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Document Max. Freq Min. Freq
Frederick H. Dyer, Compendium of the War of the Rebellion: Regimental Histories 191 93 Browse Search
Rebellion Record: a Diary of American Events: Documents and Narratives, Volume 4. (ed. Frank Moore) 185 3 Browse Search
Colonel William Preston Johnston, The Life of General Albert Sidney Johnston : His Service in the Armies of the United States, the Republic of Texas, and the Confederate States. 182 0 Browse Search
Adam Badeau, Military history of Ulysses S. Grant from April 1861 to April 1865. Volume 1 156 0 Browse Search
Robert Underwood Johnson, Clarence Clough Buell, Battles and Leaders of the Civil War: The Opening Battles. Volume 1. 145 1 Browse Search
Benson J. Lossing, Pictorial Field Book of the Civil War. Volume 2. 128 0 Browse Search
William F. Fox, Lt. Col. U. S. V., Regimental Losses in the American Civil War, 1861-1865: A Treatise on the extent and nature of the mortuary losses in the Union regiments, with full and exhaustive statistics compiled from the official records on file in the state military bureaus and at Washington 106 18 Browse Search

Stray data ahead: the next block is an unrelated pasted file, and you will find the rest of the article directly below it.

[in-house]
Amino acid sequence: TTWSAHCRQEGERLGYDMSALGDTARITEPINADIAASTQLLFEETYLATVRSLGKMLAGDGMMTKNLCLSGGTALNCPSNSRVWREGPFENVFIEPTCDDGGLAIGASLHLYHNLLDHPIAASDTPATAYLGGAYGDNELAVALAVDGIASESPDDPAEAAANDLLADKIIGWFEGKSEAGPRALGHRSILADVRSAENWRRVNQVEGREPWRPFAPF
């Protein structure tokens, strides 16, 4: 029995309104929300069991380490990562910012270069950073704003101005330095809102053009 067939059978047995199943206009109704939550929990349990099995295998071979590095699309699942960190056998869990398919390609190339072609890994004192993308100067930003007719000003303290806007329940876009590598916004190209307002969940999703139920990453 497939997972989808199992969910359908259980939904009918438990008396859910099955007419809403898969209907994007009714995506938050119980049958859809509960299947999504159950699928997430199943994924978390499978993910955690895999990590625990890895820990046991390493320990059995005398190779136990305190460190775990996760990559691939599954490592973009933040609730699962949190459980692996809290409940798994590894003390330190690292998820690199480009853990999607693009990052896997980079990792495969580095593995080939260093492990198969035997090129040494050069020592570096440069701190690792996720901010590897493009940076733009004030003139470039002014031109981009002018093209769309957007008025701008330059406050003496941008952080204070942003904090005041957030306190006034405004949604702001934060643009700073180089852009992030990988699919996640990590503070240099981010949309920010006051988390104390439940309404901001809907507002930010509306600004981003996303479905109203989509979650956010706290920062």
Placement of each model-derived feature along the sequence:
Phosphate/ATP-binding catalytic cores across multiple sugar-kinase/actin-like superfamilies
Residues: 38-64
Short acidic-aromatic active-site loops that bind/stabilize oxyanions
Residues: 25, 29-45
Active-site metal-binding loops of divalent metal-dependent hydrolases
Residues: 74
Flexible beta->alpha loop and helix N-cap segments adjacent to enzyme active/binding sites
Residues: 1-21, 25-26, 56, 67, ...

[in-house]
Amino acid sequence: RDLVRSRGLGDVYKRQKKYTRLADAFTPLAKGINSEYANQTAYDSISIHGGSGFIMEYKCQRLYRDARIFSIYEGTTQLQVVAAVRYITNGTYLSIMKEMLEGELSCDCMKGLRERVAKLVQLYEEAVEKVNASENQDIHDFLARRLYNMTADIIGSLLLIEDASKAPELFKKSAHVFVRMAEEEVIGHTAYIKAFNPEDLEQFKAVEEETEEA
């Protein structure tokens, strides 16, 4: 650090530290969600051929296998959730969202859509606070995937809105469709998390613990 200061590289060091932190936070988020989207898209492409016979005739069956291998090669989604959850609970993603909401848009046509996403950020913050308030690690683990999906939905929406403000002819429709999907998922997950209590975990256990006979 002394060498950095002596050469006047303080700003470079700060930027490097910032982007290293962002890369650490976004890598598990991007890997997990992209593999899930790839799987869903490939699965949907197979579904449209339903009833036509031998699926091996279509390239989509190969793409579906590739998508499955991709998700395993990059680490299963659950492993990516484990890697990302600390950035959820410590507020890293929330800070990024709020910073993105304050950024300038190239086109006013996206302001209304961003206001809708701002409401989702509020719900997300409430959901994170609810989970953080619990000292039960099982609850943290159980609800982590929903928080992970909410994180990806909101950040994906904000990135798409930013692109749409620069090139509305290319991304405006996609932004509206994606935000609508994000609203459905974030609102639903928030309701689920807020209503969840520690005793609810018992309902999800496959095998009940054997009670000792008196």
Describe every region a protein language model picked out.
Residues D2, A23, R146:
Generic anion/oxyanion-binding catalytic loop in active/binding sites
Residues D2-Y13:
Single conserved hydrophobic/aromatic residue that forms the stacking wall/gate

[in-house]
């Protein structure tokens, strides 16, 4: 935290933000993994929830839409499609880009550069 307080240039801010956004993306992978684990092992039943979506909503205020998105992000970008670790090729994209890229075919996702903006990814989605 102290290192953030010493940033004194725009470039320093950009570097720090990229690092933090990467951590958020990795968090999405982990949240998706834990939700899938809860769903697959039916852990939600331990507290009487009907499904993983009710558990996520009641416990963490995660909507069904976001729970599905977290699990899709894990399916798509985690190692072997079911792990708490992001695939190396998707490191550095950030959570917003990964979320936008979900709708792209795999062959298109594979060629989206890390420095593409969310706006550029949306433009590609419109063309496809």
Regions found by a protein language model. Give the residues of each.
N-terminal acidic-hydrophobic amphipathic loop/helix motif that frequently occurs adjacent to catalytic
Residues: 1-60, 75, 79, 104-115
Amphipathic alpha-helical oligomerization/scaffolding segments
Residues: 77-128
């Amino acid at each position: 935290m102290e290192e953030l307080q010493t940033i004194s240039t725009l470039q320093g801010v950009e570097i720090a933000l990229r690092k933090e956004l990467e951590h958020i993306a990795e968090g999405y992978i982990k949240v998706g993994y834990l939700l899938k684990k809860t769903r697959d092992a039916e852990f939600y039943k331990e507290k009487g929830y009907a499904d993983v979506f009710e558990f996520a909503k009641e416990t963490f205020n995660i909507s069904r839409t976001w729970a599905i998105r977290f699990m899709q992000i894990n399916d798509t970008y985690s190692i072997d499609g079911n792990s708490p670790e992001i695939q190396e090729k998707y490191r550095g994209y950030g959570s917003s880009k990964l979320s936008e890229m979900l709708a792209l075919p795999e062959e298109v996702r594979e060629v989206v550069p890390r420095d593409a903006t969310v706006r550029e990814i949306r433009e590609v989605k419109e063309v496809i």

Harper's Encyclopedia of United States History (ed. Benson Lossing) 103 3 Browse Search
Alfred Roman, The military operations of General Beauregard in the war between the states, 1861 to 1865 84 0 Browse Search
Admiral David D. Porter, The Naval History of the Civil War. 80 0 Browse Search
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Browsing named entities in Rebellion Record: a Diary of American Events: Poetry and Incidents., Volume 9. (ed. Frank Moore). You can also browse the collection for Fort Donelson (Tennessee, United States) or search for Fort Donelson (Tennessee, United States) in all documents.

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st be, than the country should lose the services of five such officers when good men are scarce. Grant did not lose his command, and three out of the five officers have since greatly distinguished themselves. The day before Grant attacked Fort Donelson, the troops had had a march of twenty miles, part of it during a bitter, cold night. Grant called a council of war to consider whether they should attack the Fort at once, or should give the troops a day or two's rest. The officers were in sting. Grant said nothing till they had all given their opinion, then he said: There is a deserter who came in this morning: let us see him, and hear what he has to say. When he came in, Grant looked into his knapsack. Where are you from? Fort Donelson. Six days rations in your knapsack, have you not, my man? Yes, sir. When were they served out? Yesterday morning. Were the same rations served out to all the troops? Yes, sir. Gentlemen, said Grant, troops do not have six days rations s